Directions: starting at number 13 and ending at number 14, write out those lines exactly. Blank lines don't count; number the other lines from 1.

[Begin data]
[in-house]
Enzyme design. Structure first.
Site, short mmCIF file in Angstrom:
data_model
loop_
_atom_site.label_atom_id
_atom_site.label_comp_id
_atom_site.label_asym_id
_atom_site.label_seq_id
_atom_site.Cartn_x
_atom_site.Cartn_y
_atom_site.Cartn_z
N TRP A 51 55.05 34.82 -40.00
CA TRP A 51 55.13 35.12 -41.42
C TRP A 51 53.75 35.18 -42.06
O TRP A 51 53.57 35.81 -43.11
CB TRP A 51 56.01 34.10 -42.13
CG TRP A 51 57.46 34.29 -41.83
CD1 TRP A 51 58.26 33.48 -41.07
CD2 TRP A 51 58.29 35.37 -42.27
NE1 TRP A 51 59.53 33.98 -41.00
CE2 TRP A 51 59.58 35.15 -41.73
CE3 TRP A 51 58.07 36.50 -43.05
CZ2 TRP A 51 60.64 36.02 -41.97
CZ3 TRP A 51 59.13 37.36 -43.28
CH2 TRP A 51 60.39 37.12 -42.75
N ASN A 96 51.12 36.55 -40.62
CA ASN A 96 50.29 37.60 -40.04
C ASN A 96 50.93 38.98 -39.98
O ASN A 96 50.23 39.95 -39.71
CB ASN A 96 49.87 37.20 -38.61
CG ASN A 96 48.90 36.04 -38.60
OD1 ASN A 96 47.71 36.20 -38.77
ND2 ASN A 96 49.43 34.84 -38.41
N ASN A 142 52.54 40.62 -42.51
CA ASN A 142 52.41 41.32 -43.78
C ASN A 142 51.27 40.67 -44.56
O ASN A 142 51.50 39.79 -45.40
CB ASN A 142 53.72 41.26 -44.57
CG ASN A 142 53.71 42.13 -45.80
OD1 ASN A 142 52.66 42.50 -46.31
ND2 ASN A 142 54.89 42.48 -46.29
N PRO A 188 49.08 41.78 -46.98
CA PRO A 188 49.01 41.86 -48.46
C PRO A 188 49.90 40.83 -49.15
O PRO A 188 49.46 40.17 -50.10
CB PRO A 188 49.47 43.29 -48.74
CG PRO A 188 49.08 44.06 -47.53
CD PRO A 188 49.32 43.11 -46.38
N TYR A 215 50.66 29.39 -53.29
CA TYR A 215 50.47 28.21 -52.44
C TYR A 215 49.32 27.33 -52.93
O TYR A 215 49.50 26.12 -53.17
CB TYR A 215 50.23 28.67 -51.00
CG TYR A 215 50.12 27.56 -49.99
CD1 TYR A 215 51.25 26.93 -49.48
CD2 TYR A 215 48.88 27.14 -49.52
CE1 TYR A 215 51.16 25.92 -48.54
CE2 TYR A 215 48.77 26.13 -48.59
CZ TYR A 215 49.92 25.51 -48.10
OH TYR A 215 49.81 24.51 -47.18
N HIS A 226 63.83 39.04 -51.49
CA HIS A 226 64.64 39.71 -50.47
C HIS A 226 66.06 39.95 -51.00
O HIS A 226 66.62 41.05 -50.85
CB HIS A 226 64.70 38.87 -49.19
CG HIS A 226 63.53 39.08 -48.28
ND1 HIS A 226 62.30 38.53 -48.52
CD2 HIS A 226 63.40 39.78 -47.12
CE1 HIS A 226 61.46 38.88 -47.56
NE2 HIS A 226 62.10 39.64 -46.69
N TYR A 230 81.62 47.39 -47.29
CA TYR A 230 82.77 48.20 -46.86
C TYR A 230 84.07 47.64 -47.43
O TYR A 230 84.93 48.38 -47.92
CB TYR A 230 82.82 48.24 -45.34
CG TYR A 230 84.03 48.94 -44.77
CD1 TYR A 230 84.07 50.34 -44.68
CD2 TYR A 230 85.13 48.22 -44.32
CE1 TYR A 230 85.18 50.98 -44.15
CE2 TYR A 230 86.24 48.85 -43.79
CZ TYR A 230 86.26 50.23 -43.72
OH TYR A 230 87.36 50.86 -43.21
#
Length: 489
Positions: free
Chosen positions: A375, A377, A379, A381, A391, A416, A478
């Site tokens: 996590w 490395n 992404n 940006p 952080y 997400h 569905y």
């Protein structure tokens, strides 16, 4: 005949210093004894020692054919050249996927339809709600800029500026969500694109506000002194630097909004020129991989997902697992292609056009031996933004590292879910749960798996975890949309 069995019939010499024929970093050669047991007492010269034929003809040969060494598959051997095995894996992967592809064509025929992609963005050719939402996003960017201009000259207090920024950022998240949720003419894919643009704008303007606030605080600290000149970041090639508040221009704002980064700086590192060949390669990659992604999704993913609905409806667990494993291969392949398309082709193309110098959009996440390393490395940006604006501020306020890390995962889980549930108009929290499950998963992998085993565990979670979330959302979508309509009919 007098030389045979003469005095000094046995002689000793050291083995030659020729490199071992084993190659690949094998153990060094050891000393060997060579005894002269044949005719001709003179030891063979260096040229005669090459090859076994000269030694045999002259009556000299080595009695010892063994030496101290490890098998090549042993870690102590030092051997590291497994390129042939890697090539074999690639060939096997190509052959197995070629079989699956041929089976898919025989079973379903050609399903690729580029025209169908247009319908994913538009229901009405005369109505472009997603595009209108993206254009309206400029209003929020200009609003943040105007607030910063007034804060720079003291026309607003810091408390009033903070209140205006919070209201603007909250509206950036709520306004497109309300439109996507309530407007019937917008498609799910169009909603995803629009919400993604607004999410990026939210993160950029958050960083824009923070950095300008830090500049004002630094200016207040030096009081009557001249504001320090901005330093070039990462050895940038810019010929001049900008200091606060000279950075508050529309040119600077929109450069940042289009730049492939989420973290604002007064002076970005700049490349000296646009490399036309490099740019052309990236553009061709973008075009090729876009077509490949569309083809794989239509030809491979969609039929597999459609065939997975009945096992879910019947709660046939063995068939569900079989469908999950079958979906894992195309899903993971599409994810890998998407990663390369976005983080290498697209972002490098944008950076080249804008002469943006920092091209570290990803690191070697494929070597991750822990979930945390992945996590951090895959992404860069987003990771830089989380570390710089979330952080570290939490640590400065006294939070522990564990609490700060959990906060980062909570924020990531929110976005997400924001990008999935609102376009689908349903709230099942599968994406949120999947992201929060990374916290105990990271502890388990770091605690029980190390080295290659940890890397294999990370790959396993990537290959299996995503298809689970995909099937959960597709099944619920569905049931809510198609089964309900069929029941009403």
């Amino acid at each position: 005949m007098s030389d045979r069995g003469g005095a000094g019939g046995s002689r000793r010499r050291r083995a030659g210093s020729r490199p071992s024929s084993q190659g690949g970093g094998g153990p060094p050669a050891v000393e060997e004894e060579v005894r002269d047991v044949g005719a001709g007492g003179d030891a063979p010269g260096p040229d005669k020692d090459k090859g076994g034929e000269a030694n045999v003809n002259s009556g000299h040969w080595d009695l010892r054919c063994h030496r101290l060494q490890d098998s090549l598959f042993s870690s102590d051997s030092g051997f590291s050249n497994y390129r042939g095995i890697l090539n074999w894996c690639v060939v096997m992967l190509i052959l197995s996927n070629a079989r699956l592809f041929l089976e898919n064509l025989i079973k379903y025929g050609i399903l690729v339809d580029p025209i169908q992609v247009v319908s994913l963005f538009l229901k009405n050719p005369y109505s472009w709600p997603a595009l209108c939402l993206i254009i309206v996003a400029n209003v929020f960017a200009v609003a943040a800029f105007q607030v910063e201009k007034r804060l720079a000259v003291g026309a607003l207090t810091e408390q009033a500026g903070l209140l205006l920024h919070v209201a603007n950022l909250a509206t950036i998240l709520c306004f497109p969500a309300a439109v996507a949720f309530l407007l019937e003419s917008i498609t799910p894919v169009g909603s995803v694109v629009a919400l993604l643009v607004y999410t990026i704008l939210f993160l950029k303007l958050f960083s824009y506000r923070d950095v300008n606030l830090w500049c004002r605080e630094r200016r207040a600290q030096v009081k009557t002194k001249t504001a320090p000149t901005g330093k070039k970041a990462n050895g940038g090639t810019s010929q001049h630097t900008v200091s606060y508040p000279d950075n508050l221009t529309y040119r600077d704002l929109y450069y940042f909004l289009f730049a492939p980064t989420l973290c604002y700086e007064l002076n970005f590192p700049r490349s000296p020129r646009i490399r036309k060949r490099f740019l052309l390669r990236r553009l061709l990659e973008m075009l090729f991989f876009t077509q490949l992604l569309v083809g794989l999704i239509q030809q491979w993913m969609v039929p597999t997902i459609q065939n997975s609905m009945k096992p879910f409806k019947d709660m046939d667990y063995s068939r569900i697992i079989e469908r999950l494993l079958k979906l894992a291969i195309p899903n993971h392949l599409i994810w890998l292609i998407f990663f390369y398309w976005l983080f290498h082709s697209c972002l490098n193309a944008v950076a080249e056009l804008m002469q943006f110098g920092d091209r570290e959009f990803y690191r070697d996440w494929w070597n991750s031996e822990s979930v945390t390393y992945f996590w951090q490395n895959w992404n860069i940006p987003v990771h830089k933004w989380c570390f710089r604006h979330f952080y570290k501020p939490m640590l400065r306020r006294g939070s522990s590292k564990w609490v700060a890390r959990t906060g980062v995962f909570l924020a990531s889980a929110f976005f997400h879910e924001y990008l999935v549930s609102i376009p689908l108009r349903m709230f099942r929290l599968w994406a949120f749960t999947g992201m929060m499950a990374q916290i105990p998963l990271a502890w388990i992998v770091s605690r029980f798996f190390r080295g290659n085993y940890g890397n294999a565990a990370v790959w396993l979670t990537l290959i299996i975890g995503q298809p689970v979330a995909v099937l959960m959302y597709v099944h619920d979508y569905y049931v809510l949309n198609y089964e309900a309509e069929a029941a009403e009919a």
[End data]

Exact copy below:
N TRP A 51 55.05 34.82 -40.00
CA TRP A 51 55.13 35.12 -41.42